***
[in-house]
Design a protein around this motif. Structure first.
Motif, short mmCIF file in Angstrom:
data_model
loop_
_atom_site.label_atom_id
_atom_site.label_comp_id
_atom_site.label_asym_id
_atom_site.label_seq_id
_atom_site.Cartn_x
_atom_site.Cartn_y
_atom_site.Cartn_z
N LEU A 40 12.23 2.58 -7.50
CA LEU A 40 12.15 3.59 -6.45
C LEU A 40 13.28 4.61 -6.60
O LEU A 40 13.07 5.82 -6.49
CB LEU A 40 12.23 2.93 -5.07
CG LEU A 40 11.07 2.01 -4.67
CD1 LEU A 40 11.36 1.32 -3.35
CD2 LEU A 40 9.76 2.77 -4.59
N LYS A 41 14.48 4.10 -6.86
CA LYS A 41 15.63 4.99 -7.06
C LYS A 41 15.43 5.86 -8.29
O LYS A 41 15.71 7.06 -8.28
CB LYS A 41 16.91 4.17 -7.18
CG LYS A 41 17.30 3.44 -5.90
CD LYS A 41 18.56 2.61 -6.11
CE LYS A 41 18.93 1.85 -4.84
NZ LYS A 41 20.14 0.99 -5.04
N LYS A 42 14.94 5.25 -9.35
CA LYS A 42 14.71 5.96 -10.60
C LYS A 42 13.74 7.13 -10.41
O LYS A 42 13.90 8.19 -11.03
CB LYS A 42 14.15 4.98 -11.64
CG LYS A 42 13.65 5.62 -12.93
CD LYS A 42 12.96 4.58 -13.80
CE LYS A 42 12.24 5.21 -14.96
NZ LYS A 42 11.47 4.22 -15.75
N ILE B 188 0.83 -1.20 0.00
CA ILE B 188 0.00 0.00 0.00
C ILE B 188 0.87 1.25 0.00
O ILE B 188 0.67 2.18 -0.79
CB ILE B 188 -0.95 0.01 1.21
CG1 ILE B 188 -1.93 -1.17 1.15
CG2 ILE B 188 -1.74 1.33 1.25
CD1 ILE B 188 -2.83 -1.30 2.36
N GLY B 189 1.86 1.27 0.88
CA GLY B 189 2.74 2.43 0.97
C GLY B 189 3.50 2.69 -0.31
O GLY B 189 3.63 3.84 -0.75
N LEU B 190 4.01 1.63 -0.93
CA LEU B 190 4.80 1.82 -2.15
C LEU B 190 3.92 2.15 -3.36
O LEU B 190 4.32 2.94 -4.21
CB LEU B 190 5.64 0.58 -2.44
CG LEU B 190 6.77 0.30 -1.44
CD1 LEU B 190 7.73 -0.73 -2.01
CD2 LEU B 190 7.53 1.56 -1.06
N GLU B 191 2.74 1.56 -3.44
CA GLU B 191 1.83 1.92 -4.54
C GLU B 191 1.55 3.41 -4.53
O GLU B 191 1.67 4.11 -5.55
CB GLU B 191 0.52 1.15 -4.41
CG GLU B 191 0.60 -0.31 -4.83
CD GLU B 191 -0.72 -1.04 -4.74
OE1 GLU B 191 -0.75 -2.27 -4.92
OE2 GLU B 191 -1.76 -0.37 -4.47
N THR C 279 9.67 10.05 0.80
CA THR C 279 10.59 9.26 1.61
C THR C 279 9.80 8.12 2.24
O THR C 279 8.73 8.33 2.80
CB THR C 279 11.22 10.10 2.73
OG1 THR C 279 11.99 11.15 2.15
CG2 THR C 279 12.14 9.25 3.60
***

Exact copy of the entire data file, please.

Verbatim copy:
[in-house]
Design a protein around this motif. Structure first.
Motif, short mmCIF file in Angstrom:
data_model
loop_
_atom_site.label_atom_id
_atom_site.label_comp_id
_atom_site.label_asym_id
_atom_site.label_seq_id
_atom_site.Cartn_x
_atom_site.Cartn_y
_atom_site.Cartn_z
N LEU A 40 12.23 2.58 -7.50
CA LEU A 40 12.15 3.59 -6.45
C LEU A 40 13.28 4.61 -6.60
O LEU A 40 13.07 5.82 -6.49
CB LEU A 40 12.23 2.93 -5.07
CG LEU A 40 11.07 2.01 -4.67
CD1 LEU A 40 11.36 1.32 -3.35
CD2 LEU A 40 9.76 2.77 -4.59
N LYS A 41 14.48 4.10 -6.86
CA LYS A 41 15.63 4.99 -7.06
C LYS A 41 15.43 5.86 -8.29
O LYS A 41 15.71 7.06 -8.28
CB LYS A 41 16.91 4.17 -7.18
CG LYS A 41 17.30 3.44 -5.90
CD LYS A 41 18.56 2.61 -6.11
CE LYS A 41 18.93 1.85 -4.84
NZ LYS A 41 20.14 0.99 -5.04
N LYS A 42 14.94 5.25 -9.35
CA LYS A 42 14.71 5.96 -10.60
C LYS A 42 13.74 7.13 -10.41
O LYS A 42 13.90 8.19 -11.03
CB LYS A 42 14.15 4.98 -11.64
CG LYS A 42 13.65 5.62 -12.93
CD LYS A 42 12.96 4.58 -13.80
CE LYS A 42 12.24 5.21 -14.96
NZ LYS A 42 11.47 4.22 -15.75
N ILE B 188 0.83 -1.20 0.00
CA ILE B 188 0.00 0.00 0.00
C ILE B 188 0.87 1.25 0.00
O ILE B 188 0.67 2.18 -0.79
CB ILE B 188 -0.95 0.01 1.21
CG1 ILE B 188 -1.93 -1.17 1.15
CG2 ILE B 188 -1.74 1.33 1.25
CD1 ILE B 188 -2.83 -1.30 2.36
N GLY B 189 1.86 1.27 0.88
CA GLY B 189 2.74 2.43 0.97
C GLY B 189 3.50 2.69 -0.31
O GLY B 189 3.63 3.84 -0.75
N LEU B 190 4.01 1.63 -0.93
CA LEU B 190 4.80 1.82 -2.15
C LEU B 190 3.92 2.15 -3.36
O LEU B 190 4.32 2.94 -4.21
CB LEU B 190 5.64 0.58 -2.44
CG LEU B 190 6.77 0.30 -1.44
CD1 LEU B 190 7.73 -0.73 -2.01
CD2 LEU B 190 7.53 1.56 -1.06
N GLU B 191 2.74 1.56 -3.44
CA GLU B 191 1.83 1.92 -4.54
C GLU B 191 1.55 3.41 -4.53
O GLU B 191 1.67 4.11 -5.55
CB GLU B 191 0.52 1.15 -4.41
CG GLU B 191 0.60 -0.31 -4.83
CD GLU B 191 -0.72 -1.04 -4.74
OE1 GLU B 191 -0.75 -2.27 -4.92
OE2 GLU B 191 -1.76 -0.37 -4.47
N THR C 279 9.67 10.05 0.80
CA THR C 279 10.59 9.26 1.61
C THR C 279 9.80 8.12 2.24
O THR C 279 8.73 8.33 2.80
CB THR C 279 11.22 10.10 2.73
OG1 THR C 279 11.99 11.15 2.15
CG2 THR C 279 12.14 9.25 3.60